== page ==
A Longer Better Life

 

GUEST ARTICLE

A Longer Better Life

Don’t smoke.  Don’t become obese or diabetic.  Keep your blood pressure under control.  And exercise regularly, about two to four times weekly.

Do all the above and you’ll have a more than 50% chance of living into your 90s.  Those are the findings of a newly published 25-year-long study from Harvard University’s Brigham and Women’s Hospital.*

In the early 1980s, the researchers began following a group of 2,357 men who at the time were in their early 70s.  Forty-one percent of the men lived to be 90 and older.

Those men who in their early 70s did not smoke, weren’t obese, had normal blood pressure, were diabetes-free, and exercised regularly had a 54% chance of living at least another 20 years.

But among men in their early 70s who smoked, were obese, had hypertension and diabetes, and were not physically active, a mere 4% reached age 90.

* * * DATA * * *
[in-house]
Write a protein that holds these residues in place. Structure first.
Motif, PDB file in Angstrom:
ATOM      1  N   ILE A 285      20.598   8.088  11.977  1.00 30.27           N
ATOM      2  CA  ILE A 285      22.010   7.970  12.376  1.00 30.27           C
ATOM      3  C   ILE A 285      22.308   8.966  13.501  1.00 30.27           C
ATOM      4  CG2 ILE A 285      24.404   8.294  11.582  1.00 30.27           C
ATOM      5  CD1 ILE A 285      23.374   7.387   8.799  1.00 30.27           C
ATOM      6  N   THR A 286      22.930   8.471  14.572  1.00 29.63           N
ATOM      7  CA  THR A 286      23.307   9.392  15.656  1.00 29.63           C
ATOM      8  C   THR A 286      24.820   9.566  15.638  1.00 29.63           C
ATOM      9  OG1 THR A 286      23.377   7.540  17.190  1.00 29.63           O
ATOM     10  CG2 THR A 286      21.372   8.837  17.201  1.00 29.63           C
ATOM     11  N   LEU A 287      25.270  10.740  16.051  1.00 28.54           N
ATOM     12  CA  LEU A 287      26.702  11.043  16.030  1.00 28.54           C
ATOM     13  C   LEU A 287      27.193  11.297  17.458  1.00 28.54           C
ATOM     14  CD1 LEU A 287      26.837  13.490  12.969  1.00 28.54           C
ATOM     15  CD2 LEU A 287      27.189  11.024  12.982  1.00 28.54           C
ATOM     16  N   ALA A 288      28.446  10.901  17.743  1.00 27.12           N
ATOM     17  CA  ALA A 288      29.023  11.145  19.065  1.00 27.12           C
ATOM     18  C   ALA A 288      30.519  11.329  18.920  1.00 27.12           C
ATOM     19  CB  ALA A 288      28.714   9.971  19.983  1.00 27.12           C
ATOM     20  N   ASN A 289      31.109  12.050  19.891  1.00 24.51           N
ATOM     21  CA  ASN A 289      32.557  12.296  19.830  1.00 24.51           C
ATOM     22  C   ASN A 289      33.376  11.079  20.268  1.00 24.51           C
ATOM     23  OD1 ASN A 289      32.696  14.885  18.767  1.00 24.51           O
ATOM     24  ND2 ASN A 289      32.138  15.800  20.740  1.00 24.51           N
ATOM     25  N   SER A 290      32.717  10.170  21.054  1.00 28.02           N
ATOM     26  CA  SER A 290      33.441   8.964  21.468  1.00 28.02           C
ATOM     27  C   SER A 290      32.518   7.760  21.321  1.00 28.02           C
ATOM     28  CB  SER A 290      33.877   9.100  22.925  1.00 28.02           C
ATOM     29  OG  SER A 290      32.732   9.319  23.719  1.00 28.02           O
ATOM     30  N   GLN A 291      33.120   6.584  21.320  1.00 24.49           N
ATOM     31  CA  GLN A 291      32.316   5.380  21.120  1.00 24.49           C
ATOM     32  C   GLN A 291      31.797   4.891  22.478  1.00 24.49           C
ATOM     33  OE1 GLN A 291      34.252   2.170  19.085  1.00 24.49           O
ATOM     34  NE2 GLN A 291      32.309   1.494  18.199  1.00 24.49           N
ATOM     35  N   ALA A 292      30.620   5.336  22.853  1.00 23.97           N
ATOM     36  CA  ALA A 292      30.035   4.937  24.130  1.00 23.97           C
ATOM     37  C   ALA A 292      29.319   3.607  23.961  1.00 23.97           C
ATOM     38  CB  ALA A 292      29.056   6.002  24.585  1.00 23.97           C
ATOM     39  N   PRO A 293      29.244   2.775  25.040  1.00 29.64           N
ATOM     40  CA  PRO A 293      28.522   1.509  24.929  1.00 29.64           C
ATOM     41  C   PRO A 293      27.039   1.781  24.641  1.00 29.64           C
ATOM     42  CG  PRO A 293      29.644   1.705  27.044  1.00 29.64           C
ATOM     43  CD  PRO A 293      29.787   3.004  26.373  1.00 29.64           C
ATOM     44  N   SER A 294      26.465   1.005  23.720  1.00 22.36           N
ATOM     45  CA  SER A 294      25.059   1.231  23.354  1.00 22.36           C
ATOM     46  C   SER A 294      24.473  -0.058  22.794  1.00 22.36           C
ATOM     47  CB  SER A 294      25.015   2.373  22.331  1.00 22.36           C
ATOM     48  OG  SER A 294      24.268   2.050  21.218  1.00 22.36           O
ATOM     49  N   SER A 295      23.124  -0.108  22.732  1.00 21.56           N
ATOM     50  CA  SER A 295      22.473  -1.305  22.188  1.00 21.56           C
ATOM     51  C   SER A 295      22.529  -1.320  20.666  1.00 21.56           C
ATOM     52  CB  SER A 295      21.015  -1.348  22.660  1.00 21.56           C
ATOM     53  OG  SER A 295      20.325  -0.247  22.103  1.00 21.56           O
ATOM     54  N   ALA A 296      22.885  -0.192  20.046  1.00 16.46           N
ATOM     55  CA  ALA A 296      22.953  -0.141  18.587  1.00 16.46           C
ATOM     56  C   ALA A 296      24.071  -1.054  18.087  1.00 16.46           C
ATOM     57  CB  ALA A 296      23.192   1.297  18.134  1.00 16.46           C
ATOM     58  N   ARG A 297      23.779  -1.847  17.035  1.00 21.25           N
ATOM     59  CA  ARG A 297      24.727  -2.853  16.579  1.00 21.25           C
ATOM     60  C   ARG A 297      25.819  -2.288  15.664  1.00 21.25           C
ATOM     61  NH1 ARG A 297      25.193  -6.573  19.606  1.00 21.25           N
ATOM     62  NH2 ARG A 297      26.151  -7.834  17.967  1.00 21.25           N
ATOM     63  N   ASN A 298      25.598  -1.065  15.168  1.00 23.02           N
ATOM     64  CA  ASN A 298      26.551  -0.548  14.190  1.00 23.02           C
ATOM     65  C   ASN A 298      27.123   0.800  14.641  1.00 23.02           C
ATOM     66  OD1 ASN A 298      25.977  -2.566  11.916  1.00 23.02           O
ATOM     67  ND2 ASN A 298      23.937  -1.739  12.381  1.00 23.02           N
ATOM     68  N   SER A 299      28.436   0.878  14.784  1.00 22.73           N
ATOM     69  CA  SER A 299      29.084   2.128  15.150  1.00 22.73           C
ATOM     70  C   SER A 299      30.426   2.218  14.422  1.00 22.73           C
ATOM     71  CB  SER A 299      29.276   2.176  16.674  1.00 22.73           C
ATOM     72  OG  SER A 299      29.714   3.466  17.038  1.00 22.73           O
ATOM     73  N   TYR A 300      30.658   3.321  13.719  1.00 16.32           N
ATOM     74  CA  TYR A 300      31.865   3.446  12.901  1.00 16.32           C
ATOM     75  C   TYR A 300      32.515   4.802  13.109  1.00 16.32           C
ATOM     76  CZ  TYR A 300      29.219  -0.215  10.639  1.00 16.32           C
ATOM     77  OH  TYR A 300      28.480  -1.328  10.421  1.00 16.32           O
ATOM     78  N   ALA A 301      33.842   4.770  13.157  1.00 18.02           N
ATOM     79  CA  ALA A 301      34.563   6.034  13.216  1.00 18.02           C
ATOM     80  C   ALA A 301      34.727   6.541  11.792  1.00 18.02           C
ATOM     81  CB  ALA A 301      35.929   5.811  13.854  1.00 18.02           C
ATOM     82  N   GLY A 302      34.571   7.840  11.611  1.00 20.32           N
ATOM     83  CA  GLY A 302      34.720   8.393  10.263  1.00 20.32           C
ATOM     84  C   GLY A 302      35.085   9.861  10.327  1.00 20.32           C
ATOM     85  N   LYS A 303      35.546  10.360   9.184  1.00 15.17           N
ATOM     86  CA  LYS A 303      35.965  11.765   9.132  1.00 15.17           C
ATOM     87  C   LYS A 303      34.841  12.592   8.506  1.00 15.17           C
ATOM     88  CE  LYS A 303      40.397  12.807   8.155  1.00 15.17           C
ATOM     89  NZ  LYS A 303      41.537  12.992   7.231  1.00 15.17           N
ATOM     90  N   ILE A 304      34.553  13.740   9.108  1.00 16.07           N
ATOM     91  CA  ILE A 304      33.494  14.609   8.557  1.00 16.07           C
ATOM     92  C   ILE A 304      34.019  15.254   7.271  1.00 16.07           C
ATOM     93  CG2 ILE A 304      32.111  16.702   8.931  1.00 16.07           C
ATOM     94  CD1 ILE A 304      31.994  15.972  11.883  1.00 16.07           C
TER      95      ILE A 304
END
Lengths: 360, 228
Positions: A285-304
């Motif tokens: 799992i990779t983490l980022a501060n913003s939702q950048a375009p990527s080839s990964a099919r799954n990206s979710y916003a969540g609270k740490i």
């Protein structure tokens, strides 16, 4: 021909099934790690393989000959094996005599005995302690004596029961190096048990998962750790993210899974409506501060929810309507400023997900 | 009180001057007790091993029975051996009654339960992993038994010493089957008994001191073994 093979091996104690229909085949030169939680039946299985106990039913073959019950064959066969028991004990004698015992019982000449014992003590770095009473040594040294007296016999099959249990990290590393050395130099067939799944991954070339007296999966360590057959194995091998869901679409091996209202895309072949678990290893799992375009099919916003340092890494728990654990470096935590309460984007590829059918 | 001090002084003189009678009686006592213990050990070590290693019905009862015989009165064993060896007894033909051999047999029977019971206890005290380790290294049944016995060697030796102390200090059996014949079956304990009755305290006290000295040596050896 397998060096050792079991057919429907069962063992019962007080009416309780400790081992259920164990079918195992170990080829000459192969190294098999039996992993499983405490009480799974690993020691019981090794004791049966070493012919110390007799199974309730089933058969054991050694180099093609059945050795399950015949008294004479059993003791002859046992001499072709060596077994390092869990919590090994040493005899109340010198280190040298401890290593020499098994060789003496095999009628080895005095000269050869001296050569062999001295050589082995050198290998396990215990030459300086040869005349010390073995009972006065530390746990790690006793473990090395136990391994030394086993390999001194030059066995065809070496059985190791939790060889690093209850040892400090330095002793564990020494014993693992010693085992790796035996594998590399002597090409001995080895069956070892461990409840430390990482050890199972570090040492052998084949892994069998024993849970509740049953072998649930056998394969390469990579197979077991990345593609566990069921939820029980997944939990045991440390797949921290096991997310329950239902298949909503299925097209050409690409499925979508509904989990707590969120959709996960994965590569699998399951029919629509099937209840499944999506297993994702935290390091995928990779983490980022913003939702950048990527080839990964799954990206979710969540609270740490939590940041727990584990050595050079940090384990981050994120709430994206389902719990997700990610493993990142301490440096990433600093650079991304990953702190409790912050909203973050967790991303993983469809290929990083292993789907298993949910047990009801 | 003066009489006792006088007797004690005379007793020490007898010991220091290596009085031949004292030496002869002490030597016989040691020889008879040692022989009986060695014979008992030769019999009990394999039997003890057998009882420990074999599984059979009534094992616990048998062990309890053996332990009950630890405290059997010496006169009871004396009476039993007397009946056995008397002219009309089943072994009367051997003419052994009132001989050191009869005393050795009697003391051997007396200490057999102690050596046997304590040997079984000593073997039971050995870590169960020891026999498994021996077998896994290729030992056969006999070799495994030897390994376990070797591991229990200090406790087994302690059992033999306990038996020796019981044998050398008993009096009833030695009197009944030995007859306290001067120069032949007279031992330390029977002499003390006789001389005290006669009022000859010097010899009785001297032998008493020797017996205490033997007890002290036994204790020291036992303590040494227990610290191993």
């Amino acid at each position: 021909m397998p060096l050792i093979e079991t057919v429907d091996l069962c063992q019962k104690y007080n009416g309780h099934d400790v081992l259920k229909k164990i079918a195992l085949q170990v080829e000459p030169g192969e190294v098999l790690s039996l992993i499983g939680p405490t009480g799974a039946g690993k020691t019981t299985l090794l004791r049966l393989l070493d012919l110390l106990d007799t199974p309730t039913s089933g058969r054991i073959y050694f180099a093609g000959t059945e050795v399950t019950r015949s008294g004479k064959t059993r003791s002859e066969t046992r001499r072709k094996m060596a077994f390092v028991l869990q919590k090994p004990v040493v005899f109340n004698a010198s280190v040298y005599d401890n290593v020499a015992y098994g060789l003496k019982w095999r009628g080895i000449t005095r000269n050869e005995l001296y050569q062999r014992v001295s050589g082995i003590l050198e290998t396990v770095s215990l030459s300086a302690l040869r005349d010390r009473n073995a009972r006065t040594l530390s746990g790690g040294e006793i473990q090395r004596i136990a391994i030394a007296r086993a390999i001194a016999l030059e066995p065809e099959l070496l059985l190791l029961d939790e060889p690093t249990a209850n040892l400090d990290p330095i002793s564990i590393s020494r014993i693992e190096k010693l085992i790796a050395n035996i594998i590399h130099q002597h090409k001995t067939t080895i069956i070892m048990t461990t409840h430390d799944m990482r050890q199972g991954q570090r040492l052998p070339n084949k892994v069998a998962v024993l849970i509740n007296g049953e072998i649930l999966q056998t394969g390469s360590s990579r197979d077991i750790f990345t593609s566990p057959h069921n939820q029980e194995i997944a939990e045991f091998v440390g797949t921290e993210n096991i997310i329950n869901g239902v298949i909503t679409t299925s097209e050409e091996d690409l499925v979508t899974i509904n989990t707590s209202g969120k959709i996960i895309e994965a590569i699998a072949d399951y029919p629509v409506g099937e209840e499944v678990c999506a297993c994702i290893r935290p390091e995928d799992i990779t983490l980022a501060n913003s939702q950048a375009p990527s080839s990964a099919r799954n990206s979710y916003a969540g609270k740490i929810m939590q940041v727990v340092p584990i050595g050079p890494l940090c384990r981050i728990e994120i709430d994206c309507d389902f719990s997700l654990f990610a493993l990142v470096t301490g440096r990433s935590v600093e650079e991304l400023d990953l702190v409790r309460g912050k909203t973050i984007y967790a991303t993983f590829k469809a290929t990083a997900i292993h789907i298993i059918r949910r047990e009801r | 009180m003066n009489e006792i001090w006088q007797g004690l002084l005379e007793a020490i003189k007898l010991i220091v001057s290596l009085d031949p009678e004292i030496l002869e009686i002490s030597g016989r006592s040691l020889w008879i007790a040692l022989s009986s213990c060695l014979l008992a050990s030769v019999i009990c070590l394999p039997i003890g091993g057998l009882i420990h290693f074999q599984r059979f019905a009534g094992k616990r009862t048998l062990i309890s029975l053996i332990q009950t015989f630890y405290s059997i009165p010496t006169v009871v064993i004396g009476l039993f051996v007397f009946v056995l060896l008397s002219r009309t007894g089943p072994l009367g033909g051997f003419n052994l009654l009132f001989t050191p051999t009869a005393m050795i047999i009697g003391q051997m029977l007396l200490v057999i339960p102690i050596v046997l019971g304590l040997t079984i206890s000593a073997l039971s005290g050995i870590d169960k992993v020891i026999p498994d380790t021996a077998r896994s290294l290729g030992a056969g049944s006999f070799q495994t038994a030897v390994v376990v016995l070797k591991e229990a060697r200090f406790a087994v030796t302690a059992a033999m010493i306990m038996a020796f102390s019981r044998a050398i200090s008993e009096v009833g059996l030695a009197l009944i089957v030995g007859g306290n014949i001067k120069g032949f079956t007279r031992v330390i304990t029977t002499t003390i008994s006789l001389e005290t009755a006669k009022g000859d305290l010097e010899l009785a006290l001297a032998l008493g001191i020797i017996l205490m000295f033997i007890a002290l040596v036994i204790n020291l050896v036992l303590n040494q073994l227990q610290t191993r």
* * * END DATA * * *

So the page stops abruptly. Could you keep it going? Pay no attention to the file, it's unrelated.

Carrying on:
What’s more, the men with the healthy habits not only enjoyed a longer life; they enjoyed a much better quality of life.  Compared to their shorter-lived peers, they had better physical function and better mental well-being, reported lead author Dr. Laurel Yates and colleagues.  Nearly 70% rated their late-life health as excellent or very good.

Regular exercise, in particular, was associated with significantly better late-life physical function.

“This study suggests that adherence to sound medical management and lifestyle management pays enormous dividends,” wrote Dr. William J. Hall of the University of Rochester School of Medicine in an editorial accompanying the study.

* Archives of Internal Medicine, 2008; 168 (3): 284.

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